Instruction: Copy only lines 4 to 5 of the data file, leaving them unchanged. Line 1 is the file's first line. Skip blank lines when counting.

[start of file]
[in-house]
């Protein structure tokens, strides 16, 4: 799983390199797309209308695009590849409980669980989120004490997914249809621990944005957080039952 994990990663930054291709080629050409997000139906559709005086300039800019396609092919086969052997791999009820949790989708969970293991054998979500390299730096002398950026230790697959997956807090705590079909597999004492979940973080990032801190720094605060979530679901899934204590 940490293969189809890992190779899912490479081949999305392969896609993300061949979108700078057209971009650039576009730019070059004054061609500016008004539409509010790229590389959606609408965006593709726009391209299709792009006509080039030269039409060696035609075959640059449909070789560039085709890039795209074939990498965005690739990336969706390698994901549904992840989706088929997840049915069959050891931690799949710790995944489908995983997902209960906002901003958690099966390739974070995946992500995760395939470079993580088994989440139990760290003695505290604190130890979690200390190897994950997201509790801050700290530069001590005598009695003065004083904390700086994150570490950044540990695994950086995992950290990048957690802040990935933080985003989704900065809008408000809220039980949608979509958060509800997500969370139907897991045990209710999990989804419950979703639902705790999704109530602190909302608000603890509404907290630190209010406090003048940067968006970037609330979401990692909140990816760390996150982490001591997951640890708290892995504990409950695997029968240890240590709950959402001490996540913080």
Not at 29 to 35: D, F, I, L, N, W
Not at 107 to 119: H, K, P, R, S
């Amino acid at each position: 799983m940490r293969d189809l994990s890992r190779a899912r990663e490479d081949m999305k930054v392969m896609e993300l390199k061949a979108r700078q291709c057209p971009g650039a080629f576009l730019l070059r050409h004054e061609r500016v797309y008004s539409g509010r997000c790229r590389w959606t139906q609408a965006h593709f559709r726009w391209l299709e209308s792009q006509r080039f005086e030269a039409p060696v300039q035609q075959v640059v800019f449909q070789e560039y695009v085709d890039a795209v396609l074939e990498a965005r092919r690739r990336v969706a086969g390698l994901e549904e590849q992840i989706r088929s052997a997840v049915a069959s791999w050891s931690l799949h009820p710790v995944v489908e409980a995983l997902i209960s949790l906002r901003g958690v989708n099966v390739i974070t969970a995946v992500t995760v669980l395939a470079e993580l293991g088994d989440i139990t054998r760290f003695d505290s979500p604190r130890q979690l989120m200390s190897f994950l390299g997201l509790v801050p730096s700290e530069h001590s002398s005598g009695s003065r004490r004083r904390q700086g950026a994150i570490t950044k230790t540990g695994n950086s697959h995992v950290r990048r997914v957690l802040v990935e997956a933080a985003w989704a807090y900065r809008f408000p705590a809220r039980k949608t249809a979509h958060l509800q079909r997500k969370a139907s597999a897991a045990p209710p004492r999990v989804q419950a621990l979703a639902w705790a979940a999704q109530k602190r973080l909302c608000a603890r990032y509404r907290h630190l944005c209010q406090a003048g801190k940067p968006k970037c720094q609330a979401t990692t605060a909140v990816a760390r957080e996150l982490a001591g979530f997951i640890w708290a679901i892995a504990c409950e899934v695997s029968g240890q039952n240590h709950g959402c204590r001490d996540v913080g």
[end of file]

Not at 107 to 119: H, K, P, R, S
């Amino acid at each position: 799983m940490r293969d189809l994990s890992r190779a899912r990663e490479d081949m999305k930054v392969m896609e993300l390199k061949a979108r700078q291709c057209p971009g650039a080629f576009l730019l070059r050409h004054e061609r500016v797309y008004s539409g509010r997000c790229r590389w959606t139906q609408a965006h593709f559709r726009w391209l299709e209308s792009q006509r080039f005086e030269a039409p060696v300039q035609q075959v640059v800019f449909q070789e560039y695009v085709d890039a795209v396609l074939e990498a965005r092919r690739r990336v969706a086969g390698l994901e549904e590849q992840i989706r088929s052997a997840v049915a069959s791999w050891s931690l799949h009820p710790v995944v489908e409980a995983l997902i209960s949790l906002r901003g958690v989708n099966v390739i974070t969970a995946v992500t995760v669980l395939a470079e993580l293991g088994d989440i139990t054998r760290f003695d505290s979500p604190r130890q979690l989120m200390s190897f994950l390299g997201l509790v801050p730096s700290e530069h001590s002398s005598g009695s003065r004490r004083r904390q700086g950026a994150i570490t950044k230790t540990g695994n950086s697959h995992v950290r990048r997914v957690l802040v990935e997956a933080a985003w989704a807090y900065r809008f408000p705590a809220r039980k949608t249809a979509h958060l509800q079909r997500k969370a139907s597999a897991a045990p209710p004492r999990v989804q419950a621990l979703a639902w705790a979940a999704q109530k602190r973080l909302c608000a603890r990032y509404r907290h630190l944005c209010q406090a003048g801190k940067p968006k970037c720094q609330a979401t990692t605060a909140v990816a760390r957080e996150l982490a001591g979530f997951i640890w708290a679901i892995a504990c409950e899934v695997s029968g240890q039952n240590h709950g959402c204590r001490d996540v913080g």